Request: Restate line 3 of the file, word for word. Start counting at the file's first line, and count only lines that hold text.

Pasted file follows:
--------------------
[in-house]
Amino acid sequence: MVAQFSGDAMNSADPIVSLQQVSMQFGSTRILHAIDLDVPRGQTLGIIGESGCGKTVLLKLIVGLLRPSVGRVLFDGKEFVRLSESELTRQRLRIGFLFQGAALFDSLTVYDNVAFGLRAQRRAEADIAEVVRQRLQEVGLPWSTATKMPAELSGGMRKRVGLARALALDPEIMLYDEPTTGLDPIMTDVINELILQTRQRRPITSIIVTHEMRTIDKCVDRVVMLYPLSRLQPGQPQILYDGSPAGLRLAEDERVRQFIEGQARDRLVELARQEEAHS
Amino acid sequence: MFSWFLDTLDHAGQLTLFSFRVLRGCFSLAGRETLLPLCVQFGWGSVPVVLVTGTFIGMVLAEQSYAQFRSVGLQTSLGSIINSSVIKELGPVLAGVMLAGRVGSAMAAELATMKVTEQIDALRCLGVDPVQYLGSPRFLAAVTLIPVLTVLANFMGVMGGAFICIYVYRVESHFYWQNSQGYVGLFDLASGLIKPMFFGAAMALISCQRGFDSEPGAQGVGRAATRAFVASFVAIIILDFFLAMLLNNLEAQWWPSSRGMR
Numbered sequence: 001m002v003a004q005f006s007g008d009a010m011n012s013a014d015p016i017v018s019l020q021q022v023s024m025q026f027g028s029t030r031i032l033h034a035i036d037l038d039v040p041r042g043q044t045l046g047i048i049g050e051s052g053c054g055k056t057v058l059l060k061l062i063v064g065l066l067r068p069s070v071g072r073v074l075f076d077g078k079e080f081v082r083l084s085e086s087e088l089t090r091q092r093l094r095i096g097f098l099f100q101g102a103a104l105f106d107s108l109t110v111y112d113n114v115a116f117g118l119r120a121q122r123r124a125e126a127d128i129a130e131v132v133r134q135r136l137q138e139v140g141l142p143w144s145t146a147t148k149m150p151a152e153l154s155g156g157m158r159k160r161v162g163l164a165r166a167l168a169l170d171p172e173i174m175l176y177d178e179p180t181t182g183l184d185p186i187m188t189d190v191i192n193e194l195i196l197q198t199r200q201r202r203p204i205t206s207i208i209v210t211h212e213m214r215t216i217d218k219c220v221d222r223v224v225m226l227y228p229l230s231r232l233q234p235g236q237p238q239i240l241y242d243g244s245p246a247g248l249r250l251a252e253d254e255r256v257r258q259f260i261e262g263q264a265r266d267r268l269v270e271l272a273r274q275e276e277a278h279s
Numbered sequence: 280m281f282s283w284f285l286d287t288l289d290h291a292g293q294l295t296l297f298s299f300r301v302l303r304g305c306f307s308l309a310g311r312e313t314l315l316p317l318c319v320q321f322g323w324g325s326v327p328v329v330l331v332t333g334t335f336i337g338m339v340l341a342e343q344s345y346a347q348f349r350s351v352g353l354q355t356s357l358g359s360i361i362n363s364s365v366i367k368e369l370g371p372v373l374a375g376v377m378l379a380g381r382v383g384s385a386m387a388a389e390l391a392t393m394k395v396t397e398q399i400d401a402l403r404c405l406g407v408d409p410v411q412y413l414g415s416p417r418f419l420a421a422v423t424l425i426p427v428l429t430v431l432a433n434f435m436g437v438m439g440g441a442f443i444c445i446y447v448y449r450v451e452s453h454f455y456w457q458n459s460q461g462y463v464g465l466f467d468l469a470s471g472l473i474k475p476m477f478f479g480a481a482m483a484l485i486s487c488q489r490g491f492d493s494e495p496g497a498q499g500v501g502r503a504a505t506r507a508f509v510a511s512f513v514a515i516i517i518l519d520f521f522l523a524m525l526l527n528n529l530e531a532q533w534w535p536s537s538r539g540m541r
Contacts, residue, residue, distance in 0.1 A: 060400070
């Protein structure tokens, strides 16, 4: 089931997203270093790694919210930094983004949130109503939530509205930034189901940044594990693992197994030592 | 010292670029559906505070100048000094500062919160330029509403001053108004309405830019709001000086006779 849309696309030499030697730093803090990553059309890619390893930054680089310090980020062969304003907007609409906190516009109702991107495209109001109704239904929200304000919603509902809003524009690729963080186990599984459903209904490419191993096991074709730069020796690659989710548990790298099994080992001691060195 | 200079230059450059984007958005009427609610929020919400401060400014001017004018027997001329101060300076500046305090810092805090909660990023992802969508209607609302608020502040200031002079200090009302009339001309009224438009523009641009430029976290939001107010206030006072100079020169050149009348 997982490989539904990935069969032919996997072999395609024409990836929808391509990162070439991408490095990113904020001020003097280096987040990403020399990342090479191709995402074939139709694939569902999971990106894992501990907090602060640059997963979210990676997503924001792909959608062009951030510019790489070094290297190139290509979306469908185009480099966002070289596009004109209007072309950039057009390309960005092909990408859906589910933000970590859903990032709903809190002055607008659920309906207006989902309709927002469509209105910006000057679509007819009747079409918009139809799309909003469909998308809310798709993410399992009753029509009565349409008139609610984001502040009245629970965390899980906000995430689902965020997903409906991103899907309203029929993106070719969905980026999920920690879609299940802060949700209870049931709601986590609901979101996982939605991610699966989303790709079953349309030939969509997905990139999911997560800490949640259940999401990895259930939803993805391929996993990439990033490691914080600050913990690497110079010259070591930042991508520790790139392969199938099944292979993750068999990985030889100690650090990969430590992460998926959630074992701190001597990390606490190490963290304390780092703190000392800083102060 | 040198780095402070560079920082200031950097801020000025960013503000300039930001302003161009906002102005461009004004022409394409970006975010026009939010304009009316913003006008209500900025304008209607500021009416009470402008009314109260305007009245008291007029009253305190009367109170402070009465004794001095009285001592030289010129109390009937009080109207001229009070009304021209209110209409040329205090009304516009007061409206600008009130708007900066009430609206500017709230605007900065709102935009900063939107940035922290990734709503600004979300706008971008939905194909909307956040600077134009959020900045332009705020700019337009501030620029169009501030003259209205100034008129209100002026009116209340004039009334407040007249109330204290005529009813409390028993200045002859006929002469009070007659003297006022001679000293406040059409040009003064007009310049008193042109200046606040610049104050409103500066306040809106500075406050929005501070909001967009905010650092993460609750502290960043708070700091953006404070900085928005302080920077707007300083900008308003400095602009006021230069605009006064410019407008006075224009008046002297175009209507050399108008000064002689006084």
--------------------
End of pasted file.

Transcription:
Amino acid sequence: MFSWFLDTLDHAGQLTLFSFRVLRGCFSLAGRETLLPLCVQFGWGSVPVVLVTGTFIGMVLAEQSYAQFRSVGLQTSLGSIINSSVIKELGPVLAGVMLAGRVGSAMAAELATMKVTEQIDALRCLGVDPVQYLGSPRFLAAVTLIPVLTVLANFMGVMGGAFICIYVYRVESHFYWQNSQGYVGLFDLASGLIKPMFFGAAMALISCQRGFDSEPGAQGVGRAATRAFVASFVAIIILDFFLAMLLNNLEAQWWPSSRGMR